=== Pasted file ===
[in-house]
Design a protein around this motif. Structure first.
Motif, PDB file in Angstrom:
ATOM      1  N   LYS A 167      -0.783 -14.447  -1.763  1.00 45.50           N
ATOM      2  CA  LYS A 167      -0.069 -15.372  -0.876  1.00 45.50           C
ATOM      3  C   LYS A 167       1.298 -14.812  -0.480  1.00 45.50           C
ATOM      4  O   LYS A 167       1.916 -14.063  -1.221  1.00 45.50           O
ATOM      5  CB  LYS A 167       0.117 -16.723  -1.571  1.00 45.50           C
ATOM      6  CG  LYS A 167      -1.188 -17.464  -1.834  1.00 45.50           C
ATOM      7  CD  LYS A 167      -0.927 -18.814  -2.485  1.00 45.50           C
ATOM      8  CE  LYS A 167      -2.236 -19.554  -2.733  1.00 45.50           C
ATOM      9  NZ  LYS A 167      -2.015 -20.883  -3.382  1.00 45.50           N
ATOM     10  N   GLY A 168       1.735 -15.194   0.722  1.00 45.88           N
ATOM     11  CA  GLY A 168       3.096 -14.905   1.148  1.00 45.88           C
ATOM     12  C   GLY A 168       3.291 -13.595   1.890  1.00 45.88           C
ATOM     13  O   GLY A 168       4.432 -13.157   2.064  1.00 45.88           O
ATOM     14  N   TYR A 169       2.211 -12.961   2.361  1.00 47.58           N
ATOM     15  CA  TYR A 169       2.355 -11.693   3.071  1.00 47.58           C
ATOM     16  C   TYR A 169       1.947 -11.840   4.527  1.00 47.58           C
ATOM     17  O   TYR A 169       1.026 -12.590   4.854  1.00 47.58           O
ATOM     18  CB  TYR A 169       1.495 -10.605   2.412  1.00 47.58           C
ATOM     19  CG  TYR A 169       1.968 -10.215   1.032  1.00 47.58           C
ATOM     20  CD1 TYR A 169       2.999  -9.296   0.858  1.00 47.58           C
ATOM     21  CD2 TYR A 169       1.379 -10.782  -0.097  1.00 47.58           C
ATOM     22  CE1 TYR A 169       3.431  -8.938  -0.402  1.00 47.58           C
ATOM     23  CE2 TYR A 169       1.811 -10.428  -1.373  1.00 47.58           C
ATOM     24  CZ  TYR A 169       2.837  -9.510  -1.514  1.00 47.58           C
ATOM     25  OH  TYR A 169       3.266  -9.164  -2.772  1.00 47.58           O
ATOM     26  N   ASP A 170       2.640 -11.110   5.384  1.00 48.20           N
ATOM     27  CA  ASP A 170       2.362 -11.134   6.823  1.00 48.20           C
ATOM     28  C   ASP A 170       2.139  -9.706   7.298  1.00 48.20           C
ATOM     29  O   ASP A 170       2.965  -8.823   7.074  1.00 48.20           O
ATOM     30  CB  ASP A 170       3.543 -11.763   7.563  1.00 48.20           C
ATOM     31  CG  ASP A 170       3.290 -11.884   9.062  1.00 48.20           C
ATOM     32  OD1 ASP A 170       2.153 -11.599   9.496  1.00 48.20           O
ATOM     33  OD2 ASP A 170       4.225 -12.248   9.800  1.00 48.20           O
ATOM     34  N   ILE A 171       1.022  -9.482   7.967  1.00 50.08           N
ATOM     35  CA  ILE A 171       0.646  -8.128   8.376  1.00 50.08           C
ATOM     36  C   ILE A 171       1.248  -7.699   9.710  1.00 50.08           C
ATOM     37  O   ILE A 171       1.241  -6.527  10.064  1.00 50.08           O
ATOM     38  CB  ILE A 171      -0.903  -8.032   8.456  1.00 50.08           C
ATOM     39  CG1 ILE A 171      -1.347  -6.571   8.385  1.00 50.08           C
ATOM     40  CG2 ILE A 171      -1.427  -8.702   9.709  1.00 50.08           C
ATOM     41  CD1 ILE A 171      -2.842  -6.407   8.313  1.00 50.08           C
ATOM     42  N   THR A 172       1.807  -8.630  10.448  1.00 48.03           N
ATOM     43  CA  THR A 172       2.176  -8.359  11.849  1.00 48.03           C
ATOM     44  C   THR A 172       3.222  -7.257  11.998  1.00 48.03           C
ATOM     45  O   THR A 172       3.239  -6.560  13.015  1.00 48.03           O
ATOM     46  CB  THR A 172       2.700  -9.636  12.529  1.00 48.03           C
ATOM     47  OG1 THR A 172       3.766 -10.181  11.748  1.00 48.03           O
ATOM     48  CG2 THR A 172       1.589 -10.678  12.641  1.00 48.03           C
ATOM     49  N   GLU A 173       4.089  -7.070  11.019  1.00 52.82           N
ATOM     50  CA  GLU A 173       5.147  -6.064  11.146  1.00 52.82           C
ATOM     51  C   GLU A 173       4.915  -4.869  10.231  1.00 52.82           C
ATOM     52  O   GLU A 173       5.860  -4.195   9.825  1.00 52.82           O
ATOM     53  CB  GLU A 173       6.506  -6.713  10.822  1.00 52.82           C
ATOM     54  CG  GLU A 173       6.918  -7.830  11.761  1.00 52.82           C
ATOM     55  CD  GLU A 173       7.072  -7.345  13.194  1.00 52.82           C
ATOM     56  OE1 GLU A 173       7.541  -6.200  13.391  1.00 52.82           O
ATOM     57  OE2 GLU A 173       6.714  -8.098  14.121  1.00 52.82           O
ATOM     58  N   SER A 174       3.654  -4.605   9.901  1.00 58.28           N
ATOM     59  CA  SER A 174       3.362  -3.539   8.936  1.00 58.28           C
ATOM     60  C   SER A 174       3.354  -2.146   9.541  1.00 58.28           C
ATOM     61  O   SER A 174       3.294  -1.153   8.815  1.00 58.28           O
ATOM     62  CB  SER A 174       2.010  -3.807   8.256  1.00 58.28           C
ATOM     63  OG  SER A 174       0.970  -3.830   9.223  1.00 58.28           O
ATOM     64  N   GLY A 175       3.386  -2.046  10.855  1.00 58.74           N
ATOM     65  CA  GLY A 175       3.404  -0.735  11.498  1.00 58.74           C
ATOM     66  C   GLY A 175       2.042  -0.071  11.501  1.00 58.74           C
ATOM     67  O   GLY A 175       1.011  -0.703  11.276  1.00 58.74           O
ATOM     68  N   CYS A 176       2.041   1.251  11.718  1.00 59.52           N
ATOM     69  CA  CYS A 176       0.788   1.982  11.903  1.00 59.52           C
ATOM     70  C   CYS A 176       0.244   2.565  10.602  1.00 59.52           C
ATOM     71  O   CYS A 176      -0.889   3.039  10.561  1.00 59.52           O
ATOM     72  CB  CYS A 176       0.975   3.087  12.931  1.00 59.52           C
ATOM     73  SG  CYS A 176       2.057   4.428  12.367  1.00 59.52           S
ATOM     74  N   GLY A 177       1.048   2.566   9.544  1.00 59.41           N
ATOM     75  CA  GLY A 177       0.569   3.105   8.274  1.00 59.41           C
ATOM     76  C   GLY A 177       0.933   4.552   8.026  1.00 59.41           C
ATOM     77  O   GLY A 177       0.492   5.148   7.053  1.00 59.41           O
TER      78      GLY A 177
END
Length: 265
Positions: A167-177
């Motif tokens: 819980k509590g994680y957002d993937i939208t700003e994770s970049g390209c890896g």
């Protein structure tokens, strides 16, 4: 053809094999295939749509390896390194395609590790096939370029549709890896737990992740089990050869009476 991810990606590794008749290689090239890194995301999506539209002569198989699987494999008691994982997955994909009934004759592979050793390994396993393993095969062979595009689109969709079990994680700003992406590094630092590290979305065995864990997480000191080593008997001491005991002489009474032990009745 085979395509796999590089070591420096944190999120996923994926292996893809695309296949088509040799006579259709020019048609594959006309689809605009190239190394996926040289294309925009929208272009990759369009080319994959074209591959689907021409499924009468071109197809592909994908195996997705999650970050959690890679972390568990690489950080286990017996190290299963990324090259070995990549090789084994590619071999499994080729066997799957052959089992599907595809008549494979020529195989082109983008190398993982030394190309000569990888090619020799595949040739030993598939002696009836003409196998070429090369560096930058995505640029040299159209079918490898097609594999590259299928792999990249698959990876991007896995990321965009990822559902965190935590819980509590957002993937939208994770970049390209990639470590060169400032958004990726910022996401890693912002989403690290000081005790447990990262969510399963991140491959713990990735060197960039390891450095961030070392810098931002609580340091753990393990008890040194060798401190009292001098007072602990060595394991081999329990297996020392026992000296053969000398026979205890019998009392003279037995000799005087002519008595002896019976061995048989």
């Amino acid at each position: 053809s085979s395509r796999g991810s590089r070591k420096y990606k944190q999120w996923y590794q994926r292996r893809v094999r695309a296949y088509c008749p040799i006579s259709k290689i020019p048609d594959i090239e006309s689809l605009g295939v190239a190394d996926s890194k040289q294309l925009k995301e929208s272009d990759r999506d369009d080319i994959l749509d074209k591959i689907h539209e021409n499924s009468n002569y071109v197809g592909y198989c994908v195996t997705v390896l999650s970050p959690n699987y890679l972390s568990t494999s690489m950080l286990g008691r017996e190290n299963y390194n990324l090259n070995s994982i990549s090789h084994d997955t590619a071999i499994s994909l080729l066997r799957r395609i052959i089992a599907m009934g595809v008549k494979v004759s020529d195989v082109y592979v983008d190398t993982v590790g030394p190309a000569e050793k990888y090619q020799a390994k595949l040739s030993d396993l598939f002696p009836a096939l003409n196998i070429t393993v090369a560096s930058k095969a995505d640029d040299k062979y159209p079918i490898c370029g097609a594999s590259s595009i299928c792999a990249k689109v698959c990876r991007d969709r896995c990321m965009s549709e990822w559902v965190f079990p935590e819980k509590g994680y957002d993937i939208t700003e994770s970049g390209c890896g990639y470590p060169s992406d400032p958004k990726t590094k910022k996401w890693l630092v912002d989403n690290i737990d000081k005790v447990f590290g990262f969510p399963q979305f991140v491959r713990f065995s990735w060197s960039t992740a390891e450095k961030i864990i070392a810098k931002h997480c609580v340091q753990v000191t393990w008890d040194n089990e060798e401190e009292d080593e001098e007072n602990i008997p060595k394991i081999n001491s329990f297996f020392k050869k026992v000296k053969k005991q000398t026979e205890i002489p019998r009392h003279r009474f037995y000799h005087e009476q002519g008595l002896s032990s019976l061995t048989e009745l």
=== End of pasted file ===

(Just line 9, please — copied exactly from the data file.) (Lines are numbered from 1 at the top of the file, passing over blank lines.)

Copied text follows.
ATOM      6  CG  LYS A 167      -1.188 -17.464  -1.834  1.00 45.50           C